Don’t Sneeze When You Eat Saimin

My gluten-free saimin attempt

As I sit here typing this, I’m praying for some friends that are in Japan and for my family and friends in Hawai`i after the 8.8 earthquake that hit Japan.  Hawai’i is now under a tsunami watch so it will be a trying night getting to sleep (it’s already 2am) while I make feeble attempts to not worry.

As coincidences go, I was looking up recipes for how to make ramen broth when I checked back on my Facebook feed and saw all the statuses from family and friends affected by the quake.

You know what I’m talking about, right?  Those cheap packages of noodles with the powdered broth base.  The basis of every college student’s diet.  No joke.  I remember doing an alcohol run one night with the tennis player I was dating at the time and some other friends.  Before we left the supermarket he asked if I needed anything and specifically asked if I needed more saimin (we call it saimin back in Hawai`i).  I thought it was sweet that he thought to ask and that he would offer to buy some for me (does that make me a cheap date if I say yes?).  The top of my microwave (aka my pantry) in my dorm room was already stocked with bread, saimin, peanut butter, jelly, Diamond Soda Crackers, microwave popcorn, kakimochi (arare or Japanese rice crackers…add it to your popcorn and instant heaven…of course it’s not gluten-free, though), and cans of tuna.  I’m sure I had a few other things, but those were the big ones.  The things I walked about a mile (or more) to the store for.

Saimin was a part of my diet for as long as I can remember.  Back home, it’s never just the noodles though (except when you’re a broke starving student).  You have to literally soup it up.  Add veggies, protein, fish cake.  Runny egg anyone?  (Shirley, I know you’re cringing, just go with it).  Nothing better than a runny egg on saimin.  The yolk mixes in with the broth and makes it richer.  I admit, I liked those dried noodles raw, too.  When I was still living with my parents, my mother was horrified when she found me eating them raw once.  I was forbidden to eat them raw ever again (she has a flair for the dramatic).  Well, let’s just say what she doesn’t know won’t kill me.  I mean, her.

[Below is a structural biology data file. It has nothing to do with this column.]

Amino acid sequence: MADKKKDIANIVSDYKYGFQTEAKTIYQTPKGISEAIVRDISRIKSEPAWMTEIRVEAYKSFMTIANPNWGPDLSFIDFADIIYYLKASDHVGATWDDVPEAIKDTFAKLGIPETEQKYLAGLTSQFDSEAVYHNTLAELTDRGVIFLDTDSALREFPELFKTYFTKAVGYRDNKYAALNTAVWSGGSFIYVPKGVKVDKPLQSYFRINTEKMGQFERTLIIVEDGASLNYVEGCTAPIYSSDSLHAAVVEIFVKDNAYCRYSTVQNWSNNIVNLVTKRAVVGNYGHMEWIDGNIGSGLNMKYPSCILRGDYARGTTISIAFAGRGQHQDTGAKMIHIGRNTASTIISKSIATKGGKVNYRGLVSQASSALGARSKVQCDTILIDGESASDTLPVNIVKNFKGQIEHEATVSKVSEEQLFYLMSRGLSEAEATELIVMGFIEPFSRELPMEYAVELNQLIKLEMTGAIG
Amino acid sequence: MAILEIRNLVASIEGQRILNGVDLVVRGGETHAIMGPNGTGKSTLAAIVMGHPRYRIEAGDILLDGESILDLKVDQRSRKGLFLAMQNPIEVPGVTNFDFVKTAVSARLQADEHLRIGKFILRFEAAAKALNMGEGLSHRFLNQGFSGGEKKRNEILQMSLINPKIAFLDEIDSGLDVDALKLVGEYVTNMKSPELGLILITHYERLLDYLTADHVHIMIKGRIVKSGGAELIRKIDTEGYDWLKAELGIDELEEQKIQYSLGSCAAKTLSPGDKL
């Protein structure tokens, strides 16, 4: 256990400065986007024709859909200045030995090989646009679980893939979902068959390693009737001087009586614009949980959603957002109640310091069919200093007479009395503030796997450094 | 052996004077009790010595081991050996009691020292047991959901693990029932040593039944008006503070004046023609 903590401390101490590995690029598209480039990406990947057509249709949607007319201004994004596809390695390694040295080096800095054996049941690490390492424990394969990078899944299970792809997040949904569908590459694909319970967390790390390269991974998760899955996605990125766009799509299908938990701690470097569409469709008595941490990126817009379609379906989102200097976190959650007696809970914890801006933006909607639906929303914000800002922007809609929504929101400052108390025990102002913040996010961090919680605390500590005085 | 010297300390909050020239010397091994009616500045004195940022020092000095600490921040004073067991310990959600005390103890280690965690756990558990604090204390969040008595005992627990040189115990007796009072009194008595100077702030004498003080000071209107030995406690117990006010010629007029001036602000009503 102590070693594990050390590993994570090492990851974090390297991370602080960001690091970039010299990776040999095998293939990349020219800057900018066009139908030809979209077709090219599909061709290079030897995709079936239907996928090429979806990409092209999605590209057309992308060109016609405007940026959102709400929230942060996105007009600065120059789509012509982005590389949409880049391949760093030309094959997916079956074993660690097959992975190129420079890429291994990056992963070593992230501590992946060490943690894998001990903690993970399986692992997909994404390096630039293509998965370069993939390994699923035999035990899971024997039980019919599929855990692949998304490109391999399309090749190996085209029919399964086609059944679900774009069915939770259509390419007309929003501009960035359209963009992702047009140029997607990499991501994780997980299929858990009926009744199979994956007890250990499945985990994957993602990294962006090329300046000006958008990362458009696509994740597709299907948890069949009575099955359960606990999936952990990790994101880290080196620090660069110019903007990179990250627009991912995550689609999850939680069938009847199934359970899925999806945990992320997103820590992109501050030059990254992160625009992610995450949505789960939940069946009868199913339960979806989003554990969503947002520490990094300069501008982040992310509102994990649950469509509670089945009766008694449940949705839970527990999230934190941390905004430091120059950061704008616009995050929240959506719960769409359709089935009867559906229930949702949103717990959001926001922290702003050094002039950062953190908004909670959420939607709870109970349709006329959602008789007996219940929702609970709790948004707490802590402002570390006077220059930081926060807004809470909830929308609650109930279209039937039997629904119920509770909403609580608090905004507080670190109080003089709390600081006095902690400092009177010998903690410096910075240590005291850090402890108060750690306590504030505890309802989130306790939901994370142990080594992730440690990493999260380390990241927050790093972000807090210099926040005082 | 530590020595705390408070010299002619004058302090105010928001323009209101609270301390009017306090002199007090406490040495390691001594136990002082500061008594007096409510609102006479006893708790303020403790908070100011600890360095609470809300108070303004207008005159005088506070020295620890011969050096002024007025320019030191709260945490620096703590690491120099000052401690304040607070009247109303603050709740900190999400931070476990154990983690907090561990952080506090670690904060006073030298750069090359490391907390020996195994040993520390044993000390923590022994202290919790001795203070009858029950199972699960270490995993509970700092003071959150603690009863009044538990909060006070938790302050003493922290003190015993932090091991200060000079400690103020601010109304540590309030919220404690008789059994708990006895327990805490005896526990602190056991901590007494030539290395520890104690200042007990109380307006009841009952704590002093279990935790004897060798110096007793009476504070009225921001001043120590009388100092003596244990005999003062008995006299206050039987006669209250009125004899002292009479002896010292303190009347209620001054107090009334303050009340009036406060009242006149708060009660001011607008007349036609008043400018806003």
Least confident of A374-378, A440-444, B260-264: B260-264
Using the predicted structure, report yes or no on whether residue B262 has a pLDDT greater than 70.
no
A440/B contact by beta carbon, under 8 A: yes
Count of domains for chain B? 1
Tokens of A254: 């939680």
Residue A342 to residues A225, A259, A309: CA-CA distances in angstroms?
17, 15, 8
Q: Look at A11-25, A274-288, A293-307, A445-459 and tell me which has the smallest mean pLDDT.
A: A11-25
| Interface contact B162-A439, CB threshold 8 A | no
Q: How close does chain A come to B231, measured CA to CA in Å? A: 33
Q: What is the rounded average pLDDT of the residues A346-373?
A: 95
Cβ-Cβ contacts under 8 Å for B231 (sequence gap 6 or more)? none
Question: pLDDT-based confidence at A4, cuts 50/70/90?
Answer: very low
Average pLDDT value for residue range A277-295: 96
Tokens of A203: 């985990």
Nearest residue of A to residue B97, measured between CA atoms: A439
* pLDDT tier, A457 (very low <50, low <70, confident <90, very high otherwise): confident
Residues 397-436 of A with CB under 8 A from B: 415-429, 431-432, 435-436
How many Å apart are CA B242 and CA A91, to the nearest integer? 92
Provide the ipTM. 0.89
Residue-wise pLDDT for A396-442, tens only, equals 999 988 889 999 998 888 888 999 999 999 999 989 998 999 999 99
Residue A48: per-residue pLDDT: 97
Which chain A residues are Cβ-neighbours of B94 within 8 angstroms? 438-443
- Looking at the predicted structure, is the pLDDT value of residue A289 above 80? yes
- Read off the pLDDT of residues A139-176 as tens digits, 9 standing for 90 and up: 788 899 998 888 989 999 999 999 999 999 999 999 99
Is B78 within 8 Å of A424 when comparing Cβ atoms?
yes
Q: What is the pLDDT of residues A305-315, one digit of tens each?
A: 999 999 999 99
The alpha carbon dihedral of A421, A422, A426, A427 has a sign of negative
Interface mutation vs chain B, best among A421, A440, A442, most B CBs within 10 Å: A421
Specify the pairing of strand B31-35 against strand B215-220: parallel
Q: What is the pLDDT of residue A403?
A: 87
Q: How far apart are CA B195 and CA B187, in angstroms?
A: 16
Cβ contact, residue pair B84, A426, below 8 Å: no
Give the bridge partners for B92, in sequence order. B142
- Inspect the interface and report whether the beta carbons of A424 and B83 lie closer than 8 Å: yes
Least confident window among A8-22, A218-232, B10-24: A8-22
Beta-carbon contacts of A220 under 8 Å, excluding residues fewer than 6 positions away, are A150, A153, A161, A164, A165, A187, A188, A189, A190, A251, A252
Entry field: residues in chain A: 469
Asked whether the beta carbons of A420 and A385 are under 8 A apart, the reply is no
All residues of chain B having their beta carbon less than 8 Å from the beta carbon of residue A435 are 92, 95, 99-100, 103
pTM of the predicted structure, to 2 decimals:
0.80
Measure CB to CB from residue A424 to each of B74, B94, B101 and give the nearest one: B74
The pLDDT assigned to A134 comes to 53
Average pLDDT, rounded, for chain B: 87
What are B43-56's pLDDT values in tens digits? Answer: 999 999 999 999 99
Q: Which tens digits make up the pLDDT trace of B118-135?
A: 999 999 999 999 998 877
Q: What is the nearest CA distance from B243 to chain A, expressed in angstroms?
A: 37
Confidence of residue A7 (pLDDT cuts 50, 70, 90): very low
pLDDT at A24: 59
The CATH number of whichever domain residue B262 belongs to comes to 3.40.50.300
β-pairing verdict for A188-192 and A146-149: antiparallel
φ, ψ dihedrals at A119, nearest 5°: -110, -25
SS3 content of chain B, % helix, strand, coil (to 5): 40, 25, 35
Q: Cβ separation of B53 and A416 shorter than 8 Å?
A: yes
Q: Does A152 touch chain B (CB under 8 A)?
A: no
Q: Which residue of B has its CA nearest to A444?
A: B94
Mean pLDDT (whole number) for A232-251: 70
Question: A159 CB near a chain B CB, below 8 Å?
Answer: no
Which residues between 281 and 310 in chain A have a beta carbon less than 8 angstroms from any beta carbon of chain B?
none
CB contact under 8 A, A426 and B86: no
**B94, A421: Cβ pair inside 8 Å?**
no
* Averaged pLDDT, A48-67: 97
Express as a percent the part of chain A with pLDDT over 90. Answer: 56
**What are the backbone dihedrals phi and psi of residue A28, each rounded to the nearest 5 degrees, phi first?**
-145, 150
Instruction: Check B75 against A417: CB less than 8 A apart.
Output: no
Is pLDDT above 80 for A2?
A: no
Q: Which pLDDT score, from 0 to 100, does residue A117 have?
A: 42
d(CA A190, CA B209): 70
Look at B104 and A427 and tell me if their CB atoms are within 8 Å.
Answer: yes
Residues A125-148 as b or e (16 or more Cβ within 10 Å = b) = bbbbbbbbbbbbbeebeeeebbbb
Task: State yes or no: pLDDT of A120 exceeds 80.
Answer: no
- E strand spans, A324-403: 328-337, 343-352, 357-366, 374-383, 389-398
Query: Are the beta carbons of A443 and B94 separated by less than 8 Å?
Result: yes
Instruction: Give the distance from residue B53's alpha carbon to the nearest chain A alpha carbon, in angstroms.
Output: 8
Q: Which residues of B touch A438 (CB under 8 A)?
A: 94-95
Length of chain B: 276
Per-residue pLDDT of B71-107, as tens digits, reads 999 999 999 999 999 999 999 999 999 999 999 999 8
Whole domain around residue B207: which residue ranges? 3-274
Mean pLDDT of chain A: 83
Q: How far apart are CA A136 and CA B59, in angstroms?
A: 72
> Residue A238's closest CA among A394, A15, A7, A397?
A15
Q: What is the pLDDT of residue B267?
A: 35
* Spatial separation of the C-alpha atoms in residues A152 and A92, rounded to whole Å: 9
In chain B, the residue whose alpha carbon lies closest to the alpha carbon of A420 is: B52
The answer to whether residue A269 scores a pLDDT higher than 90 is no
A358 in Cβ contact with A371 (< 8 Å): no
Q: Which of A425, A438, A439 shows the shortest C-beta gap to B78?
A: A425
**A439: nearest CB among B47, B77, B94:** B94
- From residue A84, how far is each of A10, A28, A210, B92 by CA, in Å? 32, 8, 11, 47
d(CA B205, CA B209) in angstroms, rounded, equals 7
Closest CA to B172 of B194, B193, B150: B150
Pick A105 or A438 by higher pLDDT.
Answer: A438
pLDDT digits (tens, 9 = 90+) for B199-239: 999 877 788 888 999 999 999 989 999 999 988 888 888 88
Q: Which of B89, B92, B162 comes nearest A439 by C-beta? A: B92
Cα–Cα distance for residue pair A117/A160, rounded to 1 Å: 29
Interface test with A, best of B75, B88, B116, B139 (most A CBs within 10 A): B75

Lately, I’ve really been wanting saimin.  There is something comforting about the broth, the noodles, and all the toppings.  Okay, maybe it’s just me.  No, no, no.  I know some of you out there know what I’m talking about.  Chaz likes to order udon sometimes when we go to Ando for sushi.  We know they make it themselves.   You can tell just by smelling it.  You can’t package that stuff.  He ordered it one night and I just had to have some.

One weekend last month while I was at work, Chaz generously made me some dashi, first run.  I used that as my base for the saimin.  I probably should have looked it up online, but me being who I am, I was trying to figure it out.

When it was all said and done, the broth just didn’t have the flavor either of us desired.  The shirataki noodles (made from yams) weren’t that thrilling, probably because the broth was much less than spectacular and it couldn’t pick up flavor from it.  Neither could the Bok Choy or the fish cake (that white and pink stuff in the picture).  I think the star of the saimin was the butterflied gluten-free panko shrimp I placed on top of it.  And yes, that’s a toothpick you see sticking out of one of them.  I threaded toothpicks through them to keep the butterfly shape while searing them.  If you know another way to do it, have at it.  So, at least with the disaster of a dish, I can at least give you the one success from it.

Butterflied Gluten-free Panko Shrimp

16 large shrimp, peeled, deveined, and butterflied

16 toothpicks

1 egg, scrambled

Gluten-free panko (I used Kinnikinnick brand), or coarse gluten-free bread crumbs

Choice of oil for frying (I used grapeseed)